Finished reading: The Artist’s Way - Spirtual Electricity: The Basic Principles by Julia Cameron. 📚

I don’t have a lot to say overall about this chapter, so I’m just going to share my annotations with you.

We tend to think, or at least fear, that creative dreams are egotistical, something that God wouldn’t approve of for us… If your mom or dad expressed doubt or disapproval for our creative dreams, we may project that same attitude onto a parental god.

I think me not really fitting the mold of a lot of the people Cameron is addressing is going to be a pattern for a lot of this program. My parents were incredibly supportive of any creative dream I might express. A lot of this came from my mom’s own experience of her parents treating creative activities as frivolous pursuits, I think. She took great care to support myself and my siblings in our creativity. My dad did, too, though I don’t think it came from the same place as my mom’s experience. They still are both very supportive of our dreams.

As you work with the tools in this book, as you undertake the weekly tasks, many changes will be set in motion. Chief among these changes will be the triggering of synchronicity: we change and the universe furthers and expands that change.

This reminds me of a beautiful quote from Bakara Wintner’s WTF is Tarot? and How Do I Do It?:

In The Fool, we say yes to the universe and in The Magician the universe says yes back to us.

I’m not big into manifestation talk or The Secret or whatever, but I do think deliberately setting an intention subtly moves us in ways that make us more likely to meet that intention.

We are, ourselves, creations.

I really think this idea aligns well with my whole cosmic art mom thing. Every human grew in some other human’s uterus. I like to imagine my kid as his own person, of course, but also as a collaborative work of art to which I’ve contributed. (I feel like that sounds icky. I don’t mean it in an icky way.)

You probably won’t have time to complete all of the other tasks in any given week… In choosing which half of the tasks to do, use two guidelines. Pick those that appeal to you and those you strongly resist.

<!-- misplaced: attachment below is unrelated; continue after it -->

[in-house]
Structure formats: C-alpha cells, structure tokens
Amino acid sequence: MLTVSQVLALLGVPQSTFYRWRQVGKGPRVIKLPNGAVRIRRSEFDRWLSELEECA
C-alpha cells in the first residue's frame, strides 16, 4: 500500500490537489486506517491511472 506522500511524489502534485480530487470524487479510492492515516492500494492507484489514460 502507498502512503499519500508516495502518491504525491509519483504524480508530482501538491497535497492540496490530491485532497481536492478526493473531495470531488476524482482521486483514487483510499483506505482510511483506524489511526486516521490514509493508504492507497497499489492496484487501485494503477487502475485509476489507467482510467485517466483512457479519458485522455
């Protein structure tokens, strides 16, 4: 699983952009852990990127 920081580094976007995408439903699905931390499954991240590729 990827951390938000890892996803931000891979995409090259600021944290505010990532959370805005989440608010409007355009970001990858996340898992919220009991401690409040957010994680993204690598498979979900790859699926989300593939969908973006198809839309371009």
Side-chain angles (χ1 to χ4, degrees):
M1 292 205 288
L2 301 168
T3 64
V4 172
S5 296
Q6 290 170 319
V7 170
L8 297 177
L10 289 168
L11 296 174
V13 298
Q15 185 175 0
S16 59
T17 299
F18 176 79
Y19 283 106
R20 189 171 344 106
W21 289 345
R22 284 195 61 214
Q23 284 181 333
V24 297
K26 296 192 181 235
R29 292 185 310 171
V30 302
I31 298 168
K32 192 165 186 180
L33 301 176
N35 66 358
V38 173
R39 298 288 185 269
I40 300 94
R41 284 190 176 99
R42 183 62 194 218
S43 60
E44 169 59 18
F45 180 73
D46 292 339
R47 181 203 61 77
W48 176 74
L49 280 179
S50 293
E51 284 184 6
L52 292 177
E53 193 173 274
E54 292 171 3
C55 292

In earlier attempts, I found that I struggle with choosing tasks because none of them seem to evoke responses in me. Since I’m doing this on my own timeline, and I have such a hard time picking, I’m going to try them all.

We begin to excavate our buried dreams.

I’ll be interested to see how I respond to this. I haven’t made my decisions based on what’s expected or nice. My mom instilled in me a deep sense that being “nice” is not as valuable as it might first seem. (As a young person, people always told her how nice she was.) Nice and kind are not the same thing. I think it’s important to be kind. I don’t think it’s important to be nice. I don’t think of my dreams as buried as much as shelved. I know what they are and where they are, and sometimes I take them out and play with them. I have never allowed work to drive my creative interests out of me.

How do you know if you are creatively blocked? Jealousy is an excellent clue. Are there artists whom you resent? Do you tell yourself, “I could do that, if only…”

More often than not, instead of jealous, I feel inspired. If this person wrote a book after 10 years of not writing anything, so can I! If this person built a comedy career with only a bachelor’s degree in theater, I don’t need any extra training to start doing comedy! If this person only started writing their novel after two years of research, it’s okay that I’m in a research phase and haven’t started writing yet!

Stop telling yourself that dreams don’t matter, that they are only dreams and that you should be more sensible.

I wonder how much of this isn’t a problem for me because I have divorced the notions of art and money. Not that people shouldn’t get paid for creating art, but that I don’t have to wait to create art until it’s my job. I do all kinds of things that aren’t my job because they bring me joy. My job doesn’t have to be the vessel for my dreams. If it can, neat! If it’s not, that doesn’t mean I can’t find other ways to live my dreams.

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Kimberly Hirsh, PhD @KimberlyHirsh
IndieWebCamp ← An IndieWeb Webring →  This work is licensed under CC BY-NC-SA 4.0 .

I acknowledge that I live and work on unceded Lumbee, Skaruhreh/Tuscarora, and Shakori land. I give respect and reverence to those who came before me. I thank Holisticism for the text of this land acknowledgement.


We must acknowledge that much of what we know of this country today, including its culture, economic growth, and development throughout history and across time, has been made possible by the labor of enslaved Africans and their ascendants who suffered the horror of the transatlantic trafficking of their people, chattel slavery, and Jim Crow. We are indebted to their labor and their sacrifice, and we must acknowledge the tremors of that violence throughout the generations and the resulting impact that can still be felt and witnessed today. I thank Dr. Terah ‘TJ’ Stewart for the text of this labor acknowledgement.